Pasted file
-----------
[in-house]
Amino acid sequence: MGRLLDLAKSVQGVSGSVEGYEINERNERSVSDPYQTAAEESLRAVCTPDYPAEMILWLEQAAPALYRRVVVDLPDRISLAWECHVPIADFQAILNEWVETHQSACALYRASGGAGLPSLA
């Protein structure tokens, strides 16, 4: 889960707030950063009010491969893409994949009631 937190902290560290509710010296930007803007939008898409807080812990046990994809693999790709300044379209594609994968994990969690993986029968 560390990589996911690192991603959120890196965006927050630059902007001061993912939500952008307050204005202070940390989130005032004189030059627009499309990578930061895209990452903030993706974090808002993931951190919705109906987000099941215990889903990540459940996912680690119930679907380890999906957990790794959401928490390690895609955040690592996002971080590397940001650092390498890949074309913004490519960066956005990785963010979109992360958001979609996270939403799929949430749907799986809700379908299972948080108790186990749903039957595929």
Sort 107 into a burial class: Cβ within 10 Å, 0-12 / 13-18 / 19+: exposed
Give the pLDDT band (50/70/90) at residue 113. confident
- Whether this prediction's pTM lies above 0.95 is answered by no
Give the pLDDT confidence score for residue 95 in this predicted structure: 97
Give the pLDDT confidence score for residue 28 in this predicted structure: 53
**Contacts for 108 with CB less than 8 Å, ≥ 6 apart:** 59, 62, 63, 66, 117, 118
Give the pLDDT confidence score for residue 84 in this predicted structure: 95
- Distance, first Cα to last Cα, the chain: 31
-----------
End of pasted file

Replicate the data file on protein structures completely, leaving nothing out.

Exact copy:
[in-house]
Amino acid sequence: MGRLLDLAKSVQGVSGSVEGYEINERNERSVSDPYQTAAEESLRAVCTPDYPAEMILWLEQAAPALYRRVVVDLPDRISLAWECHVPIADFQAILNEWVETHQSACALYRASGGAGLPSLA
């Protein structure tokens, strides 16, 4: 889960707030950063009010491969893409994949009631 937190902290560290509710010296930007803007939008898409807080812990046990994809693999790709300044379209594609994968994990969690993986029968 560390990589996911690192991603959120890196965006927050630059902007001061993912939500952008307050204005202070940390989130005032004189030059627009499309990578930061895209990452903030993706974090808002993931951190919705109906987000099941215990889903990540459940996912680690119930679907380890999906957990790794959401928490390690895609955040690592996002971080590397940001650092390498890949074309913004490519960066956005990785963010979109992360958001979609996270939403799929949430749907799986809700379908299972948080108790186990749903039957595929």
Sort 107 into a burial class: Cβ within 10 Å, 0-12 / 13-18 / 19+: exposed
Give the pLDDT band (50/70/90) at residue 113. confident
- Whether this prediction's pTM lies above 0.95 is answered by no
Give the pLDDT confidence score for residue 95 in this predicted structure: 97
Give the pLDDT confidence score for residue 28 in this predicted structure: 53
**Contacts for 108 with CB less than 8 Å, ≥ 6 apart:** 59, 62, 63, 66, 117, 118
Give the pLDDT confidence score for residue 84 in this predicted structure: 95
- Distance, first Cα to last Cα, the chain: 31